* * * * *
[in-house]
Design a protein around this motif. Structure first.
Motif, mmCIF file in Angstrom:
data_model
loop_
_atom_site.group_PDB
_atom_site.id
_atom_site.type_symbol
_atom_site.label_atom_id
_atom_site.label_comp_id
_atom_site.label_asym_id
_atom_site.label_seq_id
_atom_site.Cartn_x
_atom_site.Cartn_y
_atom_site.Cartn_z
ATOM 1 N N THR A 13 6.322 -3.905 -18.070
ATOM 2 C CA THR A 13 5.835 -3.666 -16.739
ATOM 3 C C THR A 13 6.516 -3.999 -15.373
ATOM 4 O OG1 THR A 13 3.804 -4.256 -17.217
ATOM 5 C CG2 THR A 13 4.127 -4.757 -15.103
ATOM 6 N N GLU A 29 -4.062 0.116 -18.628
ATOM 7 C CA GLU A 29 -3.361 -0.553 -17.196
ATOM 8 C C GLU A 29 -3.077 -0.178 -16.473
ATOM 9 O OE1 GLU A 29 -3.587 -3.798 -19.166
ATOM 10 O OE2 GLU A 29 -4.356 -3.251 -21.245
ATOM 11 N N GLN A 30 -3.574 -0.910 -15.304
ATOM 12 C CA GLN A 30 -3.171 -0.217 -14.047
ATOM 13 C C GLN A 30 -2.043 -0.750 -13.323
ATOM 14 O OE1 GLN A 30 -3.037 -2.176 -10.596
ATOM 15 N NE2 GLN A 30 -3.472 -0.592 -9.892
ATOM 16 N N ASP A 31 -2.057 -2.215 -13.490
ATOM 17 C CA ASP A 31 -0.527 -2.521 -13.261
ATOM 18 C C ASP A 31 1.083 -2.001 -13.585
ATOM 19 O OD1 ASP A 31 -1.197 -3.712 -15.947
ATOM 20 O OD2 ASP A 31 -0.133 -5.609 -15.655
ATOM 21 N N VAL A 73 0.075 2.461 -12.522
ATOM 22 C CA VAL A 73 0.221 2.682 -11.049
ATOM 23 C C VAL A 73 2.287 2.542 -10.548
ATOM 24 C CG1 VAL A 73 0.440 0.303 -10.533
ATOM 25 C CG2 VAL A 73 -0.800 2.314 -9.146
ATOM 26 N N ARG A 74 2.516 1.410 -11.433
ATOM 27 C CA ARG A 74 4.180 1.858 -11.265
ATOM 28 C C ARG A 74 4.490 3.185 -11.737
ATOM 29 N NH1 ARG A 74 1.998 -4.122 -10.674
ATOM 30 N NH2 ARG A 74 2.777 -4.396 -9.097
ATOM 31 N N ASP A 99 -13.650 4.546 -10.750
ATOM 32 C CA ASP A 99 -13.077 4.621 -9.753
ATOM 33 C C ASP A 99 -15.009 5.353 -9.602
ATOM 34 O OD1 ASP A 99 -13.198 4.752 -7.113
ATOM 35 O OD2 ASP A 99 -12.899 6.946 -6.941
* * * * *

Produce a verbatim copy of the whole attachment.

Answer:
[in-house]
Design a protein around this motif. Structure first.
Motif, mmCIF file in Angstrom:
data_model
loop_
_atom_site.group_PDB
_atom_site.id
_atom_site.type_symbol
_atom_site.label_atom_id
_atom_site.label_comp_id
_atom_site.label_asym_id
_atom_site.label_seq_id
_atom_site.Cartn_x
_atom_site.Cartn_y
_atom_site.Cartn_z
ATOM 1 N N THR A 13 6.322 -3.905 -18.070
ATOM 2 C CA THR A 13 5.835 -3.666 -16.739
ATOM 3 C C THR A 13 6.516 -3.999 -15.373
ATOM 4 O OG1 THR A 13 3.804 -4.256 -17.217
ATOM 5 C CG2 THR A 13 4.127 -4.757 -15.103
ATOM 6 N N GLU A 29 -4.062 0.116 -18.628
ATOM 7 C CA GLU A 29 -3.361 -0.553 -17.196
ATOM 8 C C GLU A 29 -3.077 -0.178 -16.473
ATOM 9 O OE1 GLU A 29 -3.587 -3.798 -19.166
ATOM 10 O OE2 GLU A 29 -4.356 -3.251 -21.245
ATOM 11 N N GLN A 30 -3.574 -0.910 -15.304
ATOM 12 C CA GLN A 30 -3.171 -0.217 -14.047
ATOM 13 C C GLN A 30 -2.043 -0.750 -13.323
ATOM 14 O OE1 GLN A 30 -3.037 -2.176 -10.596
ATOM 15 N NE2 GLN A 30 -3.472 -0.592 -9.892
ATOM 16 N N ASP A 31 -2.057 -2.215 -13.490
ATOM 17 C CA ASP A 31 -0.527 -2.521 -13.261
ATOM 18 C C ASP A 31 1.083 -2.001 -13.585
ATOM 19 O OD1 ASP A 31 -1.197 -3.712 -15.947
ATOM 20 O OD2 ASP A 31 -0.133 -5.609 -15.655
ATOM 21 N N VAL A 73 0.075 2.461 -12.522
ATOM 22 C CA VAL A 73 0.221 2.682 -11.049
ATOM 23 C C VAL A 73 2.287 2.542 -10.548
ATOM 24 C CG1 VAL A 73 0.440 0.303 -10.533
ATOM 25 C CG2 VAL A 73 -0.800 2.314 -9.146
ATOM 26 N N ARG A 74 2.516 1.410 -11.433
ATOM 27 C CA ARG A 74 4.180 1.858 -11.265
ATOM 28 C C ARG A 74 4.490 3.185 -11.737
ATOM 29 N NH1 ARG A 74 1.998 -4.122 -10.674
ATOM 30 N NH2 ARG A 74 2.777 -4.396 -9.097
ATOM 31 N N ASP A 99 -13.650 4.546 -10.750
ATOM 32 C CA ASP A 99 -13.077 4.621 -9.753
ATOM 33 C C ASP A 99 -15.009 5.353 -9.602
ATOM 34 O OD1 ASP A 99 -13.198 4.752 -7.113
ATOM 35 O OD2 ASP A 99 -12.899 6.946 -6.941